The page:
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Summary:

Apple’s performance in the market continues to be stellar, but its performance in the smartphone patent wars-which it had a hand in starting…

Smartphone
photo: Corbis

Apple’s performance in the market continues to be stellar, but its performance in the smartphone patent wars-which it had a hand in starting-continues to be mixed, at best. This week, Apple (NSDQ: AAPL) had another setback, when the full International Trade Commission ruled that Kodak was found to not be infringing Apple’s patents.

Apple’s battle against Kodak has been a tit-for-tat of patent attacks and counter-attacks in both federal district courts and at the U.S. International Trade Commission. In this most recent ruling, the full five-commissioner ITC upheld a ruling by an ITC judge that Kodak was innocent of infringement. (All decisions by ITC judges are reviewed by the full five-member commission which oversees them.)

While it’s Apple’s complaint that has failed here, this particular patent fight was started by Kodak, which has been going after many phone manufacturers in court, arguing that their cameras infringe Kodak image-processing patents. According to a report in Reuters (NYSE: TRI) on Monday’s decision, Kodak expects to get $250 million to $350 million from patent licensing each year through 2013.

Apple’s loss against Kodak comes on the heels of Apple’s first real victory in the smartphone battles-a ruling late last week that Android-powered HTC phones infringe two Apple patents.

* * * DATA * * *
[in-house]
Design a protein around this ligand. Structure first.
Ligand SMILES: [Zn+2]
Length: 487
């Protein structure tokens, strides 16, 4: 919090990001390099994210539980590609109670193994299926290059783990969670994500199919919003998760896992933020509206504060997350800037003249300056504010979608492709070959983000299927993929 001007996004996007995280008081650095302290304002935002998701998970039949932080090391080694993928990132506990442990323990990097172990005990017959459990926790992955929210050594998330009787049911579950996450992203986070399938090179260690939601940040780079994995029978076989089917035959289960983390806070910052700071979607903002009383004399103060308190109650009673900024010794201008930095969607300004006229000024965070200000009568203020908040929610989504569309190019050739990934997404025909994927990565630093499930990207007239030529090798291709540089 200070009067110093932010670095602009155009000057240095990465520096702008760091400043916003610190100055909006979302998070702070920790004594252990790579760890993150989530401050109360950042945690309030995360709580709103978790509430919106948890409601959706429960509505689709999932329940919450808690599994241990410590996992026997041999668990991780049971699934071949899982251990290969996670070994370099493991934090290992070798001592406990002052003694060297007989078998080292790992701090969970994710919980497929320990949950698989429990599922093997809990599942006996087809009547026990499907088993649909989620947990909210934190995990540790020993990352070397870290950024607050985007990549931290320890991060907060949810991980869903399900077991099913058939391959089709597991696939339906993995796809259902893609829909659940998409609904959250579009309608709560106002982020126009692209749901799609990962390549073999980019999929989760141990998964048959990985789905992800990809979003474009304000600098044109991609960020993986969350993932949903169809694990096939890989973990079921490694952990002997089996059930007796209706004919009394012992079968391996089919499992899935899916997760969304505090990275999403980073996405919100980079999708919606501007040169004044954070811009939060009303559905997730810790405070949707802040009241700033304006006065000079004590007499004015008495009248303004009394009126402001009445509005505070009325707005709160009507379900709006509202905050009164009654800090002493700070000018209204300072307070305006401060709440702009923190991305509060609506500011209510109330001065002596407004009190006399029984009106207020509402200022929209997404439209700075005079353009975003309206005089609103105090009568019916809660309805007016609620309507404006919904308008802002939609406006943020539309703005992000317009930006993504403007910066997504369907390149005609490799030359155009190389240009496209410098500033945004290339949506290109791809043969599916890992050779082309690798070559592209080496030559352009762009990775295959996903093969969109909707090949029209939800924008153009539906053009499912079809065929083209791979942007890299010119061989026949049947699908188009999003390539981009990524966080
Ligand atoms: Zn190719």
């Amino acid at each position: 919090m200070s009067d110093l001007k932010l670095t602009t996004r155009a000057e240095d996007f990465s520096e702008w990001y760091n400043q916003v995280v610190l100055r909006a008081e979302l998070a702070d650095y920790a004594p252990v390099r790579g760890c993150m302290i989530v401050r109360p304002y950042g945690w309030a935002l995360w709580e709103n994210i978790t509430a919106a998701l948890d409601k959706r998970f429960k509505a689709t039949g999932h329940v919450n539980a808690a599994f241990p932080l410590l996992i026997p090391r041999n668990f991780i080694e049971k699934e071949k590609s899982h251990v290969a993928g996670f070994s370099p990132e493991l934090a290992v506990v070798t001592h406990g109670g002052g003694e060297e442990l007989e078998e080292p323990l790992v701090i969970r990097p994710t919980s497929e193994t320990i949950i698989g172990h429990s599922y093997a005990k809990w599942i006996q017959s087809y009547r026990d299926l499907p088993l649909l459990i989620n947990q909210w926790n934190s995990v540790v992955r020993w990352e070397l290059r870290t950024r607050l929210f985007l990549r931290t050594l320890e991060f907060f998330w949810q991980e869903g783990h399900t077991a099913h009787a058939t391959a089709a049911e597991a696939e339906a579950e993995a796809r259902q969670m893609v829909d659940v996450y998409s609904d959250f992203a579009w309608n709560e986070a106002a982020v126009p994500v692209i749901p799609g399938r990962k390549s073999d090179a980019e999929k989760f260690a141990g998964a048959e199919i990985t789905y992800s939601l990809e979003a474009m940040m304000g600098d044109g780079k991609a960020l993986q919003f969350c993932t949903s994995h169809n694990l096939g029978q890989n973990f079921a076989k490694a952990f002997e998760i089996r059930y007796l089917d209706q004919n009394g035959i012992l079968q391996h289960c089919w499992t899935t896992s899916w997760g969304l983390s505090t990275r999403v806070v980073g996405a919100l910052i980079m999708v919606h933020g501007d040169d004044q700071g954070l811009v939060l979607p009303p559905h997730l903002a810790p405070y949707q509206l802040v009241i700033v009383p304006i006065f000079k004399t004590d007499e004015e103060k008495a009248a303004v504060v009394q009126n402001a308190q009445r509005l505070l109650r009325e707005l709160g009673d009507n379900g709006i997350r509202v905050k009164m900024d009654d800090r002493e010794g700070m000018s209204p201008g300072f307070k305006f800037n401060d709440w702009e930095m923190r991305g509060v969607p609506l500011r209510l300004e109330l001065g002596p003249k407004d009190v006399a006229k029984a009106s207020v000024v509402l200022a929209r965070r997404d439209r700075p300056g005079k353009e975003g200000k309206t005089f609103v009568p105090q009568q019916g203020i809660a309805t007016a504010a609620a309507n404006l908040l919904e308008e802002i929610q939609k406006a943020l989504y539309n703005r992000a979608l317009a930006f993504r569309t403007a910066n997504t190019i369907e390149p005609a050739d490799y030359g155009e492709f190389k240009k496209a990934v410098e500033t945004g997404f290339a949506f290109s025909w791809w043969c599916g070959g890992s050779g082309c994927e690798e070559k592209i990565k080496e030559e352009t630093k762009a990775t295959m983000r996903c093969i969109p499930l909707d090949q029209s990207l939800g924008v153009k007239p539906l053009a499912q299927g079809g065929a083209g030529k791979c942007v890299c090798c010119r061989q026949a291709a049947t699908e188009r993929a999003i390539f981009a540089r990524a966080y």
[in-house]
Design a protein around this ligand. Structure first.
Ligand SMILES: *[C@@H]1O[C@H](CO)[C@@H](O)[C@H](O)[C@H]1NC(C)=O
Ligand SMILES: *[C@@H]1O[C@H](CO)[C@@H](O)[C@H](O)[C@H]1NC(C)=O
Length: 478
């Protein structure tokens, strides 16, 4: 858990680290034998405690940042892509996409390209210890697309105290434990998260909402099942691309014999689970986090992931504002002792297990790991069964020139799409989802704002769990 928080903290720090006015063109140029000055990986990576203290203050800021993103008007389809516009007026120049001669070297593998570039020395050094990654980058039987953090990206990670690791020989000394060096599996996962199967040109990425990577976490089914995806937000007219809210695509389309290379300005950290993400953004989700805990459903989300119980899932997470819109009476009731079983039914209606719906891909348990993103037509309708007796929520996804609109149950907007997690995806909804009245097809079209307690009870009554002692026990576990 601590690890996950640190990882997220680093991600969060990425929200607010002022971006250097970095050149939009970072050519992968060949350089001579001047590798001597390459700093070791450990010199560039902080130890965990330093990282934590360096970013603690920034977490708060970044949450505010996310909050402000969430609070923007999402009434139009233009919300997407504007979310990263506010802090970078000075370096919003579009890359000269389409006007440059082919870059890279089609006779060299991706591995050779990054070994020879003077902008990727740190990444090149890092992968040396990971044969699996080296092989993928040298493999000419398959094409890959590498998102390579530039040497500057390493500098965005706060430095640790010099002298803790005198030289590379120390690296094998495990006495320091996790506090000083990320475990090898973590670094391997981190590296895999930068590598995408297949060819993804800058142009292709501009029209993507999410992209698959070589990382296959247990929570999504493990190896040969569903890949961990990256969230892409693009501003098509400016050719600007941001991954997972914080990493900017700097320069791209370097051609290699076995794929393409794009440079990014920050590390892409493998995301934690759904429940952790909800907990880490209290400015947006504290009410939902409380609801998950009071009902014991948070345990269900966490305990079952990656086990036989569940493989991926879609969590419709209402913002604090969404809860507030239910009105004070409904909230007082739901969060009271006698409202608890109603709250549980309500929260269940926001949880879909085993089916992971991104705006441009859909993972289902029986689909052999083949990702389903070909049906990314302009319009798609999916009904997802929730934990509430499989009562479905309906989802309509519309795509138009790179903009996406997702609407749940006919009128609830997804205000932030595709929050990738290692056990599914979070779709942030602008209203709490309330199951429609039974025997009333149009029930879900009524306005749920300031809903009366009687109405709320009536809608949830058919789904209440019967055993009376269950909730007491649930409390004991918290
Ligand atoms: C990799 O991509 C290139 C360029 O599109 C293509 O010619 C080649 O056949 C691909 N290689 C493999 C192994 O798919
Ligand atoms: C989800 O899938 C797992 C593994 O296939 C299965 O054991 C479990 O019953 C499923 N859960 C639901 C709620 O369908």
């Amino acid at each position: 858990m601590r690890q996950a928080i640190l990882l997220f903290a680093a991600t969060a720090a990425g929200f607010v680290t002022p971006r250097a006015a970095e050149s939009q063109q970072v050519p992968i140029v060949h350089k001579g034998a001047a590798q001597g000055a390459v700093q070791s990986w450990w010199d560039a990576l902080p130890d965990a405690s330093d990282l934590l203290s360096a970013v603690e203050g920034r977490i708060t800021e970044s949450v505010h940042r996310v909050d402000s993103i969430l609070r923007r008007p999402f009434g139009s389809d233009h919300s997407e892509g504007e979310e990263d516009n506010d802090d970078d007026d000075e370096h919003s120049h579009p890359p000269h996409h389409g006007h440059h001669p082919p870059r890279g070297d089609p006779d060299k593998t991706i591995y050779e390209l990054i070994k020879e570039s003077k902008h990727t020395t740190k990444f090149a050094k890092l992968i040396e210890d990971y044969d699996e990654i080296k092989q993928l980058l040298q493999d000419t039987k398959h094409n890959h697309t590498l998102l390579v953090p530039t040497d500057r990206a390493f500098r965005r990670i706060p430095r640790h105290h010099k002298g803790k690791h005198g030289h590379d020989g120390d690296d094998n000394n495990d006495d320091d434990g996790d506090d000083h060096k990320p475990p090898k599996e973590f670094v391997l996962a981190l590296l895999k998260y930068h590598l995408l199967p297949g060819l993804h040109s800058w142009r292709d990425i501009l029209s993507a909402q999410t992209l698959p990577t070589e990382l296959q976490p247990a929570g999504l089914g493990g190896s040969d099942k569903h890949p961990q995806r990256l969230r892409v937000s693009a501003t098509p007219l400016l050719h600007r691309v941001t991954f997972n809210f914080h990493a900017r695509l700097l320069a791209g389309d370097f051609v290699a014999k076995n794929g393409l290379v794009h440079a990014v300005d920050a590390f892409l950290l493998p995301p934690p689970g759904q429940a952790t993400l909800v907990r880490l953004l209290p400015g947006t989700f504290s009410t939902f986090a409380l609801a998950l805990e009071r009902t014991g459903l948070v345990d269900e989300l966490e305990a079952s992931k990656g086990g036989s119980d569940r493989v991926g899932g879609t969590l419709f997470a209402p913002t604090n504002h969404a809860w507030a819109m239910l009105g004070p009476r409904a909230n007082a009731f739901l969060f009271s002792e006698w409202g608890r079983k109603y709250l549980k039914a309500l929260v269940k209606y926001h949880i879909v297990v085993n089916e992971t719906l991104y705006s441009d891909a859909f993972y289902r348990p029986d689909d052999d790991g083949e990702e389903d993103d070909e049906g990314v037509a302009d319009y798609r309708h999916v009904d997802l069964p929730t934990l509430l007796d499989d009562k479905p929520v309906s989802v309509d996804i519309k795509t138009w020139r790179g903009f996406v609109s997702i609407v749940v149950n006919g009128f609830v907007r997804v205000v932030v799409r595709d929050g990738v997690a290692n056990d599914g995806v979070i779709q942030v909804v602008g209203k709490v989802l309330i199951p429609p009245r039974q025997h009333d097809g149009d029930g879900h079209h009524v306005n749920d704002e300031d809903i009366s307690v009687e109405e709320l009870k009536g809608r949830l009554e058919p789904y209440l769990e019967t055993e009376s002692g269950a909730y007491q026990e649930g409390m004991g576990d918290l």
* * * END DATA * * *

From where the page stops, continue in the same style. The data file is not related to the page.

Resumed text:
1. Yep.. Apple won the ITC declaration against HTC,  and HTC owns S3 now, and the ITC has previously ruled that Apple is in violation of S3 patents.  check.

    End result is lawyers get richer and you can’t play the game unless you’re a giant company with a huge patent portfolio.  Thanks USA!

    Software patents are just dumb and it’s getting to the point that US companies won’t sell their own product in their own country anymore.

    IF the patent office wants to have software patents, they should fill their ranks with software professionals so they don’t make dumb uninformed decisions because it costs too much to have them invalidated if you are already in court against one.

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    1. FLORIAN MUELLER says:

      “It’s a common misconception that software patents are an exclusively American phenomenon and don’t exist in Europe. There are different definitions of what constitutes a software patent. My definition of software patents certainly includes the following nine European patents asserted by Apple in its lawsuits against Nokia in the UK and in Düsseldorf, Germany”

      http://fosspatents.blogspot.com/2011/04/at-least-9-apple-patents-asserted.html

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